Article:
Essay on salvador dali

Submitted By sgonzalez031516
Words: 1084
Pages: 5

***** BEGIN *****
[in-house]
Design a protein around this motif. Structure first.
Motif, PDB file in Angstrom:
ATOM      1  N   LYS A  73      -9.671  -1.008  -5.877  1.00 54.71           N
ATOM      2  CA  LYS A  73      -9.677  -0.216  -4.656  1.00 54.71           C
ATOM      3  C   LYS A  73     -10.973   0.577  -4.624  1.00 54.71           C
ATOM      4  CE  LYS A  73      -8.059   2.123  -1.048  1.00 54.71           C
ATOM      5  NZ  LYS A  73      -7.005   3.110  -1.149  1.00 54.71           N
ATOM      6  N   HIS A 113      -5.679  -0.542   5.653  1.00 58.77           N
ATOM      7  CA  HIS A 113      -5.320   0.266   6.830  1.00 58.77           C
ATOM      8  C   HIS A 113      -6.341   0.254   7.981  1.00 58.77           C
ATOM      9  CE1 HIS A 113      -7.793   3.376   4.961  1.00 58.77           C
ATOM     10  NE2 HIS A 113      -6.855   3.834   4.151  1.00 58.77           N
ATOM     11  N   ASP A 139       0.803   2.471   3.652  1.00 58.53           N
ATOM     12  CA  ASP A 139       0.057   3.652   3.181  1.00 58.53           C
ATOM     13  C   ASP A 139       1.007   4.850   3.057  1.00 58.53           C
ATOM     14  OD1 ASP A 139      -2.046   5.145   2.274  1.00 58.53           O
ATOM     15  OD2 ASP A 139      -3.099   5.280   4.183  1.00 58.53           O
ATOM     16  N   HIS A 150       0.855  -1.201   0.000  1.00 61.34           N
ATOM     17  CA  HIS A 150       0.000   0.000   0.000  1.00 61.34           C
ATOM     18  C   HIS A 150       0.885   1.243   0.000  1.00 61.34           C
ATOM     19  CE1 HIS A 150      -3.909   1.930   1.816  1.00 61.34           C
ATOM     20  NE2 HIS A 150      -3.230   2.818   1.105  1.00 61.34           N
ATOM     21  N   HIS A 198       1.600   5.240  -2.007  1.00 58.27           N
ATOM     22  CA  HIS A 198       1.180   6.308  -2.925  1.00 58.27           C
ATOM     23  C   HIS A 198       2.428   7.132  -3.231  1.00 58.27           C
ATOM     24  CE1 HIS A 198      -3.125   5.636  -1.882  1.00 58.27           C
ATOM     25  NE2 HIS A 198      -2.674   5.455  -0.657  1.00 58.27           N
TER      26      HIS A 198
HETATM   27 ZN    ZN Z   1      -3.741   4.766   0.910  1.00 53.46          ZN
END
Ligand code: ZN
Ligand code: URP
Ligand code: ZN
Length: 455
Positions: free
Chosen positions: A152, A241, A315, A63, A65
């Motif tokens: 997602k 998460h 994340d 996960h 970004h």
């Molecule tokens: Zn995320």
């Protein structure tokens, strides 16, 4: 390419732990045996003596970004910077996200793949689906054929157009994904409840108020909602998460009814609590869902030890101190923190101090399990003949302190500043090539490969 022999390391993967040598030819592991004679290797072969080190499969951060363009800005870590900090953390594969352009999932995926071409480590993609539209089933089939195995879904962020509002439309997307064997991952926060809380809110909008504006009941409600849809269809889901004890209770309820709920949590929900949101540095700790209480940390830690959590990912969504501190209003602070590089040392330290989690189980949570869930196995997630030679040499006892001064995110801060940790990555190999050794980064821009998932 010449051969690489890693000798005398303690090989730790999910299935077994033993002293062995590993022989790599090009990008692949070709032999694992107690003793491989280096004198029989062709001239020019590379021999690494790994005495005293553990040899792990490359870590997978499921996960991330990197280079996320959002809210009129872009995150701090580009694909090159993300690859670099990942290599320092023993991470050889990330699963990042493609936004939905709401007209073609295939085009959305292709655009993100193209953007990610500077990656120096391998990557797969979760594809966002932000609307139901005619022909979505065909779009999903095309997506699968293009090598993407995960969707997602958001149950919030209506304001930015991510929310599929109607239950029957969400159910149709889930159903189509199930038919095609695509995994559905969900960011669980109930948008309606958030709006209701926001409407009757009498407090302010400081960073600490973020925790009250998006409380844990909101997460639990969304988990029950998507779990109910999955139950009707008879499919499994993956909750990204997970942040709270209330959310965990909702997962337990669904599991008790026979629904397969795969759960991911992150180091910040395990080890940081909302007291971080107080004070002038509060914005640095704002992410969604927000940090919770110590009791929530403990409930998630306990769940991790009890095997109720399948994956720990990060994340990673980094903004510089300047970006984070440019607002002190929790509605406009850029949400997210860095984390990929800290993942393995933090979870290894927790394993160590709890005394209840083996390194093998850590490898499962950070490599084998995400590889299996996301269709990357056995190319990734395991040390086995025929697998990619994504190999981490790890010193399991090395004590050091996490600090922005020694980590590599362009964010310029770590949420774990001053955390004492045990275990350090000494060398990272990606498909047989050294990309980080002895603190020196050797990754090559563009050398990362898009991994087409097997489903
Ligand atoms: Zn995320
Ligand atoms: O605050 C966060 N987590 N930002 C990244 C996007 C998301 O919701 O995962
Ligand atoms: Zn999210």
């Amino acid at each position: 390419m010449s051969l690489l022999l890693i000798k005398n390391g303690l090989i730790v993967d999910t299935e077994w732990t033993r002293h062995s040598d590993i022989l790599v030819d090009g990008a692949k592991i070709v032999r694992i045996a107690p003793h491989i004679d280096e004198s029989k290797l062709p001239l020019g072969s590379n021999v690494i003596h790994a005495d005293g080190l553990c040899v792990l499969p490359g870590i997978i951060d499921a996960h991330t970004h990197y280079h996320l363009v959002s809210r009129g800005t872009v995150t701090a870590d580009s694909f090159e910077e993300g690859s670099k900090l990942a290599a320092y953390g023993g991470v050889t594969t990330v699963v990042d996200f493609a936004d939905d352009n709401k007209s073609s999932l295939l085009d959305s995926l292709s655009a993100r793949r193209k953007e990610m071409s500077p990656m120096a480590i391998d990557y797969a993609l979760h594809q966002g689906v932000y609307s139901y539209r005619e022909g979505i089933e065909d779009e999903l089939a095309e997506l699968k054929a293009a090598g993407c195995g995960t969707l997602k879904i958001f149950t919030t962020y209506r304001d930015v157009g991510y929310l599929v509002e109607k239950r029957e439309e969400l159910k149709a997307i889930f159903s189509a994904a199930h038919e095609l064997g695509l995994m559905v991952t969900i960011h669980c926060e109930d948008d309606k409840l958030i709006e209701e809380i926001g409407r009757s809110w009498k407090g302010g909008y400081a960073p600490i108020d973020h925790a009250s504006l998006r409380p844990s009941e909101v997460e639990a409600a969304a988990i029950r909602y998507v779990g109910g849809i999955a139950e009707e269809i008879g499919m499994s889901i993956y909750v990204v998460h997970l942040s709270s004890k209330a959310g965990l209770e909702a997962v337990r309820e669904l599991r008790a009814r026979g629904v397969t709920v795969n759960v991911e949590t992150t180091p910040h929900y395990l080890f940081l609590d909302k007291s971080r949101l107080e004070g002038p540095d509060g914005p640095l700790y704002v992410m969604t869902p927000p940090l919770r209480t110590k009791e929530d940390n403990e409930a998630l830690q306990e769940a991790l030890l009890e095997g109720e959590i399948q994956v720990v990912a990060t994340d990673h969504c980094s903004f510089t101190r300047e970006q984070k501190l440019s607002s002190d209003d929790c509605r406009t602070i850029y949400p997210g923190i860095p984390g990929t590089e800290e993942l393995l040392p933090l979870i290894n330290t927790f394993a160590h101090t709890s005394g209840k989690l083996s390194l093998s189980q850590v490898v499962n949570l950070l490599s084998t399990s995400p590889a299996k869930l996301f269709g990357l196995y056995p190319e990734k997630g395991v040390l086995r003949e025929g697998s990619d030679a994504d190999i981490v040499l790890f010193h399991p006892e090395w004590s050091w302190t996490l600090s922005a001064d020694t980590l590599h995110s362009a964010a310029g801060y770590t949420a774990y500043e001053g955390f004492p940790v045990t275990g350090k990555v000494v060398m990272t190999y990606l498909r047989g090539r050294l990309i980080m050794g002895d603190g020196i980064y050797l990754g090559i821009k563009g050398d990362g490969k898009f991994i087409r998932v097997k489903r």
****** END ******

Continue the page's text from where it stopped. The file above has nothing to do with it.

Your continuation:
There are a million different pieces of artwork, all in different shapes and sizes, but one that stood out to me the most was The Persistence Of Memory by Salvador Dali. Dali was a surrealist painter who was born in Figueres, Spain on May 11, 1904. Being a surrealist painter, Dali’s artwork can be interpreted in a number of different ways and none can be considered ethically wrong. He was well known for his dreamlike artwork and will continue to live through his artwork for years to come. Sometimes we look at artwork and we’re quick to judge, but we never really take the time to look within the painting, like what lead the artist to create such a piece. Salvador Dali was a surrealist painter who was born in Figures, Spain on May 11, 1904. He was the son to Salvador and Felipa Domenech Dali. His father was a notary and a lawyer. According to Dali’s autobiography, his childhood was filled with fists of anger against his father and schoolmates, and in return, received acts of cruelty from his father and more dominant students. At the age of 16, his mother Felipa died of breast cancer in 1929. Her death had a huge impact in his life, not only because his father later remarried his deceased wife’s sister, but because he feared that he would forget her; Which is why he vowed to never be forgotten. During this time, he was enrolled in the Academia de San Fernando in Madrid, Spain where he was expelled for confronting his professors and starting riots. In the same year, he made several trips to Spain where he met Joan Miro, the Spanish painter and sculptor who, along with poet Paul Eluard and painter Rene Magritte, introduced him to Surrealism. One Dali's major contributions to the Surrealist Movement was what he called the "paranoiac-critical method," a mental exercise of accessing the subconscious to enhance artistic creativity. In August 1929, he met Elena Dmitrievna Diakonova who was also referred to as Gala. She became his wife, muse, inspiration, and helped balance the creative forces in his life. From 1960 to 1974, Salvador Dalí dedicated much of his time to creating the Dalí Teatro Museo (Theater-Museum) in Figueres, Spain where he had his first public exhibition when he was 14. The same year as the opening of the Dalí Museum, Salvador removed his business relationship with manager Peter Moore resulting in loss of the rights to his collection along with much of his wealth. In 1980, Dalí was forced to retire from painting due to a motor disorder that caused permanent trembling and weakness in his hands. Two years later, Gala died which put Salvador into deep depression. On January 23, 1989, at the age of 84, he died of heart failure and was buried in his museum. One of his most famous paintings, and best-known surrealist work, was The Persistence of Memory. One of Salvador’s most famous pieces of artwork and most controversial, perhaps, is the Persistence of Memory, which was painted in 1931. The meaning behind this masterpiece is not easy to grasp. This painting, sometimes called Soft Watches, shows melting pocket watches in a deserted landscape setting by an ocean shore. Since the content of the Salvador Dali's clocks painting may seem illogical or irrational, one might be surprised by the very representational and nearly photographic quality of the painting, fitting well with Dali's own description of his art as being "hand-painted dream photographs." Coming up with the best visual representation of what it is like to be dreaming was one of the main goals of the Surrealists. In the beginning, Surrealism might seem a little crazy, but we've all had dreams where unrelated people, places, or objects come together in completely inexplicable ways. Understanding that Persistence of Memory most likely depicts a dream state is the first part of coming up with a meaning behind this painting. It has been said that this painting conveys several ideas within the image, primarily that time is rigid. The drooping pocket watches